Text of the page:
On Friday, April 29, I participated in a reading with some other executives of the Brock University Creative Writing Club. We read at Pan Cafe and there was a nice turnout! I also had a delicious grilled cheese that had an apple compote in it. YUM! I decided to read a short story, which was an interesting experience. I had never read fiction in public before and it was a very different experience than reading poetry. I was scared to look up while I was reading, because I didn’t want to lose my spot on the page! Other readers were Phil Miletic, Rob Dimmers, Jade Alyssa and Ed Edmonds.
After our reading, the band Taylor Made played a set. They were amazing! The combination of the singer/songwriter Taylor Davidson’s voice and folk-esque guitar chords combined nicely with her bandmate’s bongos, morocco’s and symbols. Their sound was unique and enchanting!
After that, local poet and professor Adam Dickinson read, a lot of which was his recent work about plastics. I had never seen him read before and I loved it! His poetry is funny, intelligent and insightful and I look forward to reading his new book when it comes out.
Unfortunately, I couldn’t stay to hear the last band, but it was a good night! A great way to celebrate the In The Soil Festival!
Last night, I went downtown to take part in the In The Soil Arts Festival. My brother and I stood on the corner of James and St. Paul and listened to The Northern Arm, a three-person group that creates improvised outdoor music, based on their surroundings. A small crowd of about 30 gathered to hear their folk-style, somewhat eerie sounds. Two guitars and an accordion created sounds perfectly suited to a warm spring’s evening, while images of St. Catharines storefronts were projected onto the side of a building. A closing neon sign was placed in the middle of these images, reminding everyone about the importance of supporting local businesses.
If not, I suggest you check out the new exhibitions at Rodman Hall. I am particularly interested in visiting the gallery to see these unique exhibitions. Marc Bell’s “Honk if you Pay Throo The Schnozz” merges comics and fine art, while Micah Lexier’s “A Week at a Glance” will be updated every Monday for one year.
From Wednesday, April 27 to Sunday, May 1, local artists will be taking over downtown St. Catharines. This will be the third year of In The Soil, Niagara’s Homegrown Arts Festival. Local talent of all kinds will be featured, including poetry, visual art and music. Events will take place at many different places, from theatres to cafes to restaurants to bars.
The festival was founded by Jordy Yack, Sarah Palmieri, Joe Lapinski and Annie Wilson, all of whom either grew up around St. Catharines or went to Brock University. The founders felt the need for more opportunities to showcase local talent, and in 2009, the region’s arts scene welcomed In The Soil.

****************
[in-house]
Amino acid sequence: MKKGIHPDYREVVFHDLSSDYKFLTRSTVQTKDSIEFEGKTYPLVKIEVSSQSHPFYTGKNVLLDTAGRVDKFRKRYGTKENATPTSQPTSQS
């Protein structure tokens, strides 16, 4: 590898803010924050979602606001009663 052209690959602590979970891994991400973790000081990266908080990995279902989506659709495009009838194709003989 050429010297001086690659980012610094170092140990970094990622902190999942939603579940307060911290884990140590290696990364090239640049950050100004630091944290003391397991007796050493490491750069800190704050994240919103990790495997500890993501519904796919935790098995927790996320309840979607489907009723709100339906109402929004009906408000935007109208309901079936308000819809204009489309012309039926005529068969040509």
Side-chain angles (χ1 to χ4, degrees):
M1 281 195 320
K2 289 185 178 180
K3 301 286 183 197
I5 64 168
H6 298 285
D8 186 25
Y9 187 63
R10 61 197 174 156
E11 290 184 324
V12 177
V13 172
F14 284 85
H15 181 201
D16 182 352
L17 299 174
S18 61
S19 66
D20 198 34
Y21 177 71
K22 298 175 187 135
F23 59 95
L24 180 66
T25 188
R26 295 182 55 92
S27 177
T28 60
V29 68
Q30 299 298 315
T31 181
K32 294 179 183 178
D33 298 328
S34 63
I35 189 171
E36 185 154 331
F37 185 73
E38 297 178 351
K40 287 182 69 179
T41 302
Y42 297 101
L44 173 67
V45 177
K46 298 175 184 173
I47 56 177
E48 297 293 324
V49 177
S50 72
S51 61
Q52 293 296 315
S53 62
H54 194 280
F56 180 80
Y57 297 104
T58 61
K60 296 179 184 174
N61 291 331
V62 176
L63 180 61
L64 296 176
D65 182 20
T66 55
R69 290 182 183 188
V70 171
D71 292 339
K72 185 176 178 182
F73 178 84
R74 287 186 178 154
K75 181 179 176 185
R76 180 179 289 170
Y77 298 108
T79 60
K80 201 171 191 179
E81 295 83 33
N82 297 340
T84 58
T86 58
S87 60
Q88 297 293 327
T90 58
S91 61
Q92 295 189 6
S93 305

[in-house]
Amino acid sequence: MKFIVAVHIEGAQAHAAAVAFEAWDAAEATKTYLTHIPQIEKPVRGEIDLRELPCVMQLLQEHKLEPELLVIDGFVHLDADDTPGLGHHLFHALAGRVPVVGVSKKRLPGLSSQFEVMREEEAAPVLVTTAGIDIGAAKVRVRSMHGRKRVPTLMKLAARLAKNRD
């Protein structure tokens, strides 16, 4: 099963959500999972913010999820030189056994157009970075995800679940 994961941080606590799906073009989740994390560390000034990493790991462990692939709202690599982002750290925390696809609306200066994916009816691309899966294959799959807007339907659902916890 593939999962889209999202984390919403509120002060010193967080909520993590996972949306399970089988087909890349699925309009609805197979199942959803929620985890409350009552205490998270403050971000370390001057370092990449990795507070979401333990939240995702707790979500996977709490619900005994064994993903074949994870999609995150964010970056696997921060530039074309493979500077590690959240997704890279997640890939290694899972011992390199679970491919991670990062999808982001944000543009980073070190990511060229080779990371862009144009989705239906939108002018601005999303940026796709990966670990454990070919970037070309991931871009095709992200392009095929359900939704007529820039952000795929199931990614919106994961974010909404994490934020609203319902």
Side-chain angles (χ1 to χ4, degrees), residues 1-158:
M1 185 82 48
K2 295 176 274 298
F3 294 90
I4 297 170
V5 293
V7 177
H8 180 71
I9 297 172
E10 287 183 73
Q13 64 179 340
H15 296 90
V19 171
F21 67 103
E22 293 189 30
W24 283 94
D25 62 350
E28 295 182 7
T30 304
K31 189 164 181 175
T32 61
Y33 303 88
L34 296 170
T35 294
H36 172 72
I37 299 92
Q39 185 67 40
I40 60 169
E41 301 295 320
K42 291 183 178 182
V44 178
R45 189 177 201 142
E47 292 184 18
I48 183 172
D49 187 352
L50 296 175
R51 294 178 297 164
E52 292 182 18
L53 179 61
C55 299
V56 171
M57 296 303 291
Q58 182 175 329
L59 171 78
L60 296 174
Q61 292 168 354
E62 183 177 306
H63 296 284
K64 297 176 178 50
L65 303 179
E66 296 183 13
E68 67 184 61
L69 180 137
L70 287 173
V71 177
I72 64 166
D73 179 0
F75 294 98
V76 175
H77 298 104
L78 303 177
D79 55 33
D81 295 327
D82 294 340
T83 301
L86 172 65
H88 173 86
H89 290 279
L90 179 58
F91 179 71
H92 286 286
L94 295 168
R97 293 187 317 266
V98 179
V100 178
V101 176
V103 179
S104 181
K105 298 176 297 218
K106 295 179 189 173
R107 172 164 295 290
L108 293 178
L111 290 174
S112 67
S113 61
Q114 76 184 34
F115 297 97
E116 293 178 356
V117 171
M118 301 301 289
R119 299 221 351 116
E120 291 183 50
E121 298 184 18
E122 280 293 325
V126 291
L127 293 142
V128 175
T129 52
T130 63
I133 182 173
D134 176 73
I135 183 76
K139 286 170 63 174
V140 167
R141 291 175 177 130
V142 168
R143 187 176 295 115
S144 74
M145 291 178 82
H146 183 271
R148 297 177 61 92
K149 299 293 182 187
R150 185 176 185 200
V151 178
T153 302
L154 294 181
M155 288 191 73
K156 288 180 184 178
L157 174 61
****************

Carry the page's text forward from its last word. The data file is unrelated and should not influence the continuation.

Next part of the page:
Some executive members of the Brock University Creative Writing Club will be reading at Pan Cafe on Friday, April 29 at 6:00 as part of the “Organic Originals” event.
For more information on the festival and the schedule, click here: In The Soil 2011
This past weekend, I visited a couple of art events. On Thursday, April 7, Greg and I went to the launch of Dead Gender, Lindsey Cahill’s magazine based on the art of Niagara. This was a really fun event. Some of the photography and artwork featured in the magazine was on display, and I got to see many of the contributing poets read. Everyone produced some great work; I was really impressed. I would like to contribute something myself to the next issue.
Rise Above Bakery supplied free treats for the event, and I had my first experience with a Vegan donut. IT WAS DELICIOUS! It actually had some substance, unlike the deep-fried air you get at Tim Hortons. For more info about Dead Gender: http://deadgender.blogspot.com. For more info about Rise Above Bakery: http://artisandoughnuts.blogspot.com.
On Sunday, April 10, spur-of-the-moment, my parents, Greg and I ventured to Vaughn to visit the McMichael Art Gallery. The Gallery is in the little, quaint village of Kleinburg, a place that we want to return to in the summer, buy an ice cream cone, and walk around the 19th century buildings. The Gallery itself is nestled in the woods, and reminiscent of being up north.
We went to the Gallery primarily for their Marilyn Monroe exhibition that was on display. This was really fun and we got to see some pictures we had never seen before. There was a photo shoot done two weeks before her death, and she is obviously under the influence of something. She is trying to be playful and seductive, but her eyes reflect a haunting and deep sadness. The exhibition is on display until May 15. For more information on the exhibition: http://www.mcmichael.com/exhibitions/marilynmonroe/upcoming.cfm.
The Gallery also has a permanent Group of Seven collection, which was incredible. We all have favourites in the group (my parents like Tom Thomson best, I like A.Y. Jackson best and Greg prefers Lawren Harris). Greg and I ended up buying some Group of Seven prints.
After the Gallery, we went to Toronto’s Distillery District and ate at the Mill Street Brewery. It was delicious! We all had wonderful meals and got to sample many of their beers. The final stop was the most decadent Mayan hot chocolate EVER! This was from a chocolaterie in the Distillery District.
All in all, it was a fun weekend! (Made even more artsy by my Saturday night bead night with Katrina!)